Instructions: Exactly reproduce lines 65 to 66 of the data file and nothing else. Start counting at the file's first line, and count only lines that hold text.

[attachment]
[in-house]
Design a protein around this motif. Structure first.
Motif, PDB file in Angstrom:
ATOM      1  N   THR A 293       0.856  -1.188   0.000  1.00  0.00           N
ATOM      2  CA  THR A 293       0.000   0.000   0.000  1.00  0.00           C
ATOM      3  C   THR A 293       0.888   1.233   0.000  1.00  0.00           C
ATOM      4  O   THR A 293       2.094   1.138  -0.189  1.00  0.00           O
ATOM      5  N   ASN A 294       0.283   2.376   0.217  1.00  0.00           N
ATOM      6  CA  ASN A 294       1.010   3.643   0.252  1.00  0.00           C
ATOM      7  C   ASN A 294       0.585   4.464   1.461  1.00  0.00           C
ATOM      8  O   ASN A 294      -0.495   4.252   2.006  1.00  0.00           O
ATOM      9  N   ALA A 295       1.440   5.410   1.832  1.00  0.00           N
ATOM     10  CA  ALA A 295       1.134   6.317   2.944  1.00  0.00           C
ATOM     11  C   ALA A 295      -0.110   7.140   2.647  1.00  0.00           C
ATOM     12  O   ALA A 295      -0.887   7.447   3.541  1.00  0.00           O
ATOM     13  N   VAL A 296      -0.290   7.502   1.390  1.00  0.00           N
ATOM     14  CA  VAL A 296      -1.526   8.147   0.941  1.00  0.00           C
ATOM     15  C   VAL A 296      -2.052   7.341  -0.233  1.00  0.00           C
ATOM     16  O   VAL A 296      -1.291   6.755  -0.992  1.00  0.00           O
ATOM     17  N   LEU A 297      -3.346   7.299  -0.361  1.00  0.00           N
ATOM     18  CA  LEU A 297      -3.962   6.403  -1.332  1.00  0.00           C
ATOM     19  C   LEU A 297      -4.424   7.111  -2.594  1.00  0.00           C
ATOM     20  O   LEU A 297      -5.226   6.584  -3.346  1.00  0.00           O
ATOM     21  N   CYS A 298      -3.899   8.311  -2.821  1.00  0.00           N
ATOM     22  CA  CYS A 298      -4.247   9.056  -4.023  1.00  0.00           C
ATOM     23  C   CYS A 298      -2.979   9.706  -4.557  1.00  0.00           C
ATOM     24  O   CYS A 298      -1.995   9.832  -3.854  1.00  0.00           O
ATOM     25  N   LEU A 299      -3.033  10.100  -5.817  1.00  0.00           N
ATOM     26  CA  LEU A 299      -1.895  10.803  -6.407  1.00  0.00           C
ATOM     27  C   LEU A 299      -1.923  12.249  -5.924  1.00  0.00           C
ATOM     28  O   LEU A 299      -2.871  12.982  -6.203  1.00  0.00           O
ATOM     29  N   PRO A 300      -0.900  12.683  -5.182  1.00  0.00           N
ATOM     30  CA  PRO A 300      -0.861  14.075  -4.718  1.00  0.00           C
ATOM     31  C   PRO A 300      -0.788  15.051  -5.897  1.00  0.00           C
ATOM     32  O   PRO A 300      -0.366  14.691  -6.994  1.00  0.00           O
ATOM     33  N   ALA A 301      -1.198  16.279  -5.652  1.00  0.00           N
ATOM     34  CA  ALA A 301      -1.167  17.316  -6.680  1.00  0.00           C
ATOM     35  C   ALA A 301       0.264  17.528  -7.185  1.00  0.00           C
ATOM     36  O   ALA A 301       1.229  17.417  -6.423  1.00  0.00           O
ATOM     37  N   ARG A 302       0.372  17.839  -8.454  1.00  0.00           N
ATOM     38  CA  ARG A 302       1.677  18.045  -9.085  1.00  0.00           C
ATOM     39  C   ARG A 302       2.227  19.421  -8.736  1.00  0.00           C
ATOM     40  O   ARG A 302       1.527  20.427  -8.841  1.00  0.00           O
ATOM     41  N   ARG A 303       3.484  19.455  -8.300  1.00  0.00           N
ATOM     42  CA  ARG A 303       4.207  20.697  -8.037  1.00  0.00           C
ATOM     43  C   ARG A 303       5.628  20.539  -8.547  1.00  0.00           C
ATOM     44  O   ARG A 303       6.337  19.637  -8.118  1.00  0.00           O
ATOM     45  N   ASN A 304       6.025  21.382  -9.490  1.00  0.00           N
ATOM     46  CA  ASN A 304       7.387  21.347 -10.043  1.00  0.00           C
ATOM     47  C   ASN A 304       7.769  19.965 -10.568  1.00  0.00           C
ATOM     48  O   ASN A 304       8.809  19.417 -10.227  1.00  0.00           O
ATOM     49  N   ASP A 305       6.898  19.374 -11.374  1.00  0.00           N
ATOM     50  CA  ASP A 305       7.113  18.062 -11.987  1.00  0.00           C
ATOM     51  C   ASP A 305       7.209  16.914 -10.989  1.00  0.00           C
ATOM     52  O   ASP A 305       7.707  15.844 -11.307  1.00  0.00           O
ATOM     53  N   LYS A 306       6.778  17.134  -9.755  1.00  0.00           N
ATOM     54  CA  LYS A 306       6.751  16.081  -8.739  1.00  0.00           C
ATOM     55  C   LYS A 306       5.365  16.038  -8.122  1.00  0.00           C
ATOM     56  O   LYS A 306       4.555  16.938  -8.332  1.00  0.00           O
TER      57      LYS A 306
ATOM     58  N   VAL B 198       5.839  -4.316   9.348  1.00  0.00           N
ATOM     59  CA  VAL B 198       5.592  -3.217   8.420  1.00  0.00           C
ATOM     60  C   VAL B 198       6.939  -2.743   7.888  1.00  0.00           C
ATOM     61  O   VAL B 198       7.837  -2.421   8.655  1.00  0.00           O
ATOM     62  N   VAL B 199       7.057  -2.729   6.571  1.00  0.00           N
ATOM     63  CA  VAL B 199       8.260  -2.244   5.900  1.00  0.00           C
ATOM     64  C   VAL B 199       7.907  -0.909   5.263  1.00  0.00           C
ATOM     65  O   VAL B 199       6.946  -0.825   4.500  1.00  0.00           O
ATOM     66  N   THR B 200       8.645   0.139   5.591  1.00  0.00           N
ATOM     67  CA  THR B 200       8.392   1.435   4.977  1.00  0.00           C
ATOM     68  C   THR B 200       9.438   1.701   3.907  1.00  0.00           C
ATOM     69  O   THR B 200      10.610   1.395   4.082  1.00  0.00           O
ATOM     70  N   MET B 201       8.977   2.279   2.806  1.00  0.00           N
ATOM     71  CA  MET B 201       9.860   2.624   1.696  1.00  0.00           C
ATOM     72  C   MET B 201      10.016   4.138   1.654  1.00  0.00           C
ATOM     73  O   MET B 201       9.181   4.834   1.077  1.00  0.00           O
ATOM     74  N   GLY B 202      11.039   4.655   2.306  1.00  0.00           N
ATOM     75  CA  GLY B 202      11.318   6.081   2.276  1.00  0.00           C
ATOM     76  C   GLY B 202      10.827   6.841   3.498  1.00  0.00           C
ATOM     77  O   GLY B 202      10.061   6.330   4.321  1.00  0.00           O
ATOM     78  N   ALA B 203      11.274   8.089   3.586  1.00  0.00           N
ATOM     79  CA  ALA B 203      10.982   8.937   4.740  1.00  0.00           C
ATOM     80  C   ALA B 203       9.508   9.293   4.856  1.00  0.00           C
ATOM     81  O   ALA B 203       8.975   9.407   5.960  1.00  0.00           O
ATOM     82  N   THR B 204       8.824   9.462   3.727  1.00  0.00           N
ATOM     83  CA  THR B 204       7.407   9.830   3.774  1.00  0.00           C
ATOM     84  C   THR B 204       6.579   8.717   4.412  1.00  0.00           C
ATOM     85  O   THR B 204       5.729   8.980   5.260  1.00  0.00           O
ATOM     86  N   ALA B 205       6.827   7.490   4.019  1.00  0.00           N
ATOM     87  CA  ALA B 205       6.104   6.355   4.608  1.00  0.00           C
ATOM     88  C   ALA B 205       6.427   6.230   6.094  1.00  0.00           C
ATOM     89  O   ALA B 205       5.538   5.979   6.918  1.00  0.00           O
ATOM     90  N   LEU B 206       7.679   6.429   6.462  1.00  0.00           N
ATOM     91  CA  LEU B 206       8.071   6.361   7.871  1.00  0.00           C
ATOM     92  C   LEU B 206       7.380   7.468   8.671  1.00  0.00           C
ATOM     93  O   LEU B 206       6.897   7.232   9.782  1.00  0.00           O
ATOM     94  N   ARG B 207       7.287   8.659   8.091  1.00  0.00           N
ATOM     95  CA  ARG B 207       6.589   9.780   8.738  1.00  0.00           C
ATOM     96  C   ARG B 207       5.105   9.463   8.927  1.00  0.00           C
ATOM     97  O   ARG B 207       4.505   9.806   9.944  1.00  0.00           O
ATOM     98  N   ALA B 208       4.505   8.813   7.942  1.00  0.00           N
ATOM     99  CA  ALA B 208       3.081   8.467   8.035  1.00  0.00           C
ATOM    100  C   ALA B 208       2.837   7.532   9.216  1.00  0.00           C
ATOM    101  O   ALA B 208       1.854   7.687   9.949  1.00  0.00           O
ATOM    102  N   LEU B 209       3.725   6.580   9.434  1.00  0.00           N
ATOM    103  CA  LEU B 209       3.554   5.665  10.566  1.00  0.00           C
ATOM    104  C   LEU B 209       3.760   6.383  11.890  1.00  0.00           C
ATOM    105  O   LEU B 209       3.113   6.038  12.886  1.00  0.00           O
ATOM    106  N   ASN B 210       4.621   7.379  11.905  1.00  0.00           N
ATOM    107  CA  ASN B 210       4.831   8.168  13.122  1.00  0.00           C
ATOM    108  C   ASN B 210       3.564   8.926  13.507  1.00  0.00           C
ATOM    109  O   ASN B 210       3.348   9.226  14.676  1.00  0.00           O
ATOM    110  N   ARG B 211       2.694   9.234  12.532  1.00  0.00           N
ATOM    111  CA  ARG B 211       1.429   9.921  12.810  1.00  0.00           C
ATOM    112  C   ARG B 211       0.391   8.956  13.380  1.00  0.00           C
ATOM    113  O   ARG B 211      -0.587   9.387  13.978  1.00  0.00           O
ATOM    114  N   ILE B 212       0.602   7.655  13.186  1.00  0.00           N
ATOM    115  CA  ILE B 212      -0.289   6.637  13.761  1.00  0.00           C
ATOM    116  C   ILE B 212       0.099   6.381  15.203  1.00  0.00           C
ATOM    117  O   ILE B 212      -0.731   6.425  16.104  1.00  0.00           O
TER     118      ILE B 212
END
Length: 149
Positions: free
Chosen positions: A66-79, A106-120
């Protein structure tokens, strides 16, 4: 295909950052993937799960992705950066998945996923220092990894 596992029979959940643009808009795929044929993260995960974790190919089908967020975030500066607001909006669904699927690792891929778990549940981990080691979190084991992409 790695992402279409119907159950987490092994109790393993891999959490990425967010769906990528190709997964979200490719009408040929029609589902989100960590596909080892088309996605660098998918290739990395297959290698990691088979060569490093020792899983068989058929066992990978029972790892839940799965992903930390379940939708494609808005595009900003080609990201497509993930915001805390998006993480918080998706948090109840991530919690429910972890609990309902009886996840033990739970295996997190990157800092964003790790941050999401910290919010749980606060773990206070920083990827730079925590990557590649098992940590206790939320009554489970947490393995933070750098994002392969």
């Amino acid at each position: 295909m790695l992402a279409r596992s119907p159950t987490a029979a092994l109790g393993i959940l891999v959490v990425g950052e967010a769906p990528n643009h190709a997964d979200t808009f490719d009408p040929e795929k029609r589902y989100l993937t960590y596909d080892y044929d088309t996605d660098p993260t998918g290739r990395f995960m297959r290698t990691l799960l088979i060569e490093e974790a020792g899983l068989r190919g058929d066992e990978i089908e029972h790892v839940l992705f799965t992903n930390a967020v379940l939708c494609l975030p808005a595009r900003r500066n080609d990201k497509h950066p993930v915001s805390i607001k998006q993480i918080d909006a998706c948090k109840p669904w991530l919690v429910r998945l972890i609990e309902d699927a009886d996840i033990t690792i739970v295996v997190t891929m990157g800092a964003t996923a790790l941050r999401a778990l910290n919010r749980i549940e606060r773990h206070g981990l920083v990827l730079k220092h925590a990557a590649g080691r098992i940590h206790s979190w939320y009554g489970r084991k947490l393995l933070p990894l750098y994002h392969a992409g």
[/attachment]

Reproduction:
ATOM     62  N   VAL B 199       7.057  -2.729   6.571  1.00  0.00           N
ATOM     63  CA  VAL B 199       8.260  -2.244   5.900  1.00  0.00           C